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April 27, 1992



The opinion of the court was delivered by: JAMES WARE



 This action raises an issue of first impression. Defendant AVCO Corporation moves for an amendment of the Judgment which requires the Court to construe in conjunction two statutory provisions, Cal. Code Civ. Proc. § 877(a) (West 1980 & Supp. 1992) and Cal. Civ. Code § 1431 et seq. (West 1982 & Supp. 1992). These statutory provisions concerning applicable set offs for preverdict settlements and the apportionment of damages have not as yet been construed together.


 The judgment against AVCO was arrived at after a jury trial. The case arose from the crash of a Piper PA-28R-200 aircraft on December 5, 1987 in San Jose, California. Three passengers, Sherman, Jones and Smith died as a result of the crash and the pilot, Verbil sustained serious injuries. The families of the deceased passengers and Verbil filed separate actions against AVCO and Piper Aircraft which were consolidated for trial and pretrial proceedings. Prior to the trial, Piper Aircraft was dismissed from the suit and Verbil's insurer paid awards to Plaintiffs Sherman, Jones and Smith in settlement of claims against Verbil.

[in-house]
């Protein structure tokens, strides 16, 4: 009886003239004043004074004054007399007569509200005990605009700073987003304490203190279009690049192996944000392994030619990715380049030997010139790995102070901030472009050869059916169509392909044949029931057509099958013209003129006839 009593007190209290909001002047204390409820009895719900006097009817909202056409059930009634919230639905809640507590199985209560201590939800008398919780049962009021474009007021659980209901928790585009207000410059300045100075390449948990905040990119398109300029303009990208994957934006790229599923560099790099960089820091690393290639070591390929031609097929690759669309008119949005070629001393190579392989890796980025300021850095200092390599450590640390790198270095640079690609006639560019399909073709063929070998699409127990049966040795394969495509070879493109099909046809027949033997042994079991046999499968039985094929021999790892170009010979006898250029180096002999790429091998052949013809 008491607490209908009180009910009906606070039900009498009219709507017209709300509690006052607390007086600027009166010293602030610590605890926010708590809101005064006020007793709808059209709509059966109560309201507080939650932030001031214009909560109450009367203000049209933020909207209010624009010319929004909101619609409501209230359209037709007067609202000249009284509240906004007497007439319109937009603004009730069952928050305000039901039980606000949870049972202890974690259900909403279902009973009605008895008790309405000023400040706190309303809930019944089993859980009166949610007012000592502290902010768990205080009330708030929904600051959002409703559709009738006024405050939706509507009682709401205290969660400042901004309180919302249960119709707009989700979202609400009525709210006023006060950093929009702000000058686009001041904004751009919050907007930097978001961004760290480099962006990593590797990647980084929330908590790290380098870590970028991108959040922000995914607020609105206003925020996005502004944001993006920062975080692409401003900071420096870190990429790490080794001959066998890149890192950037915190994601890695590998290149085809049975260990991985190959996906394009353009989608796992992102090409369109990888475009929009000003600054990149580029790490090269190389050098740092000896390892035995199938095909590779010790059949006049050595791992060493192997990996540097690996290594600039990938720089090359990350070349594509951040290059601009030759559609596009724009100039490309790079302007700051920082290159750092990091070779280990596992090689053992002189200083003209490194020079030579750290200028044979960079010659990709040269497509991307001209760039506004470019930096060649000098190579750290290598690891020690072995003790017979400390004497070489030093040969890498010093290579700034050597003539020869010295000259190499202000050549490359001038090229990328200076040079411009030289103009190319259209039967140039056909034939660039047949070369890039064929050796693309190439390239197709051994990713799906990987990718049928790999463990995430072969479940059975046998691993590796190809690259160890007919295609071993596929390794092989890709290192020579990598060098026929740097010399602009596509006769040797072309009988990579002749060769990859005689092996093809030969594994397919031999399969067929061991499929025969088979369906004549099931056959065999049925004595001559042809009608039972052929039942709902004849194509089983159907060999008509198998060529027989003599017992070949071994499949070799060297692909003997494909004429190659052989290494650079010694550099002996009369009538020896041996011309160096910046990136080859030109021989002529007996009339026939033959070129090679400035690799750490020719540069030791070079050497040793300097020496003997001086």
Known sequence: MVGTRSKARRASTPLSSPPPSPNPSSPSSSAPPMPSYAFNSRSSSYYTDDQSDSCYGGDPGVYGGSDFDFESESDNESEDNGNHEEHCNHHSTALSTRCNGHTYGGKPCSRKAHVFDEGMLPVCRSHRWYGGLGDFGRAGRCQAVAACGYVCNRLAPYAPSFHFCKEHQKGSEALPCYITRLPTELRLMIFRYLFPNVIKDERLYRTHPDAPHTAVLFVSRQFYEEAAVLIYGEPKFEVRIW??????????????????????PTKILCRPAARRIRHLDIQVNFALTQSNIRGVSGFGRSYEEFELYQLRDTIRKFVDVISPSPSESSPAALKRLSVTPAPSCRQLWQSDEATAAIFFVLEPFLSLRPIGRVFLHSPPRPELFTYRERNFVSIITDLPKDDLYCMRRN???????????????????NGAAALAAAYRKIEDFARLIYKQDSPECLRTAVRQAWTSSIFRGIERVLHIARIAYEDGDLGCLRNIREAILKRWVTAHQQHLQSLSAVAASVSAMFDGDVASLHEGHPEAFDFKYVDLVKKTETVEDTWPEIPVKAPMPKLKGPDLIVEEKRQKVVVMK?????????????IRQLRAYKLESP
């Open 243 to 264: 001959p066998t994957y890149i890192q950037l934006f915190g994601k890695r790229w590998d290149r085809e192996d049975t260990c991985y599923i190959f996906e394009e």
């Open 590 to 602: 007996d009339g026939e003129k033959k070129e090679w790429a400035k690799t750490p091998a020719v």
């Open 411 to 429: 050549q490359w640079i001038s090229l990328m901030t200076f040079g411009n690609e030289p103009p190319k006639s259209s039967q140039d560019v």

A. Jury Verdict and Judgment

 The jury found AVCO liable for Plaintiffs' injuries and found comparative fault on the part of Plaintiff Verbil. The jury held Verbil responsible for 16% of the injury to Plaintiffs and AVCO responsible for 84%. The awards to each Plaintiff were identified as either economic or non-economic damages and in entering the judgment, the Court applied Cal. Civ. Code § 1431.2 and reduced AVCO's liability for non-economic damages based on the 16% comparative fault attributed to Plaintiff Verbil.

 The jury was not informed of the pre-verdict settlement awards paid by Verbil's insurer. However, the jury's award figures were adjusted so that the judgment against AVCO reflected a partial credit based on that percentage of the settlement award which represented Plaintiffs' economic damages. The adjustment to the jury awards were based on recommendations submitted in Plaintiffs' ADJUSTMENTS TO THE JURY'S AWARD OF DAMAGES. *fn1" See also Judgment.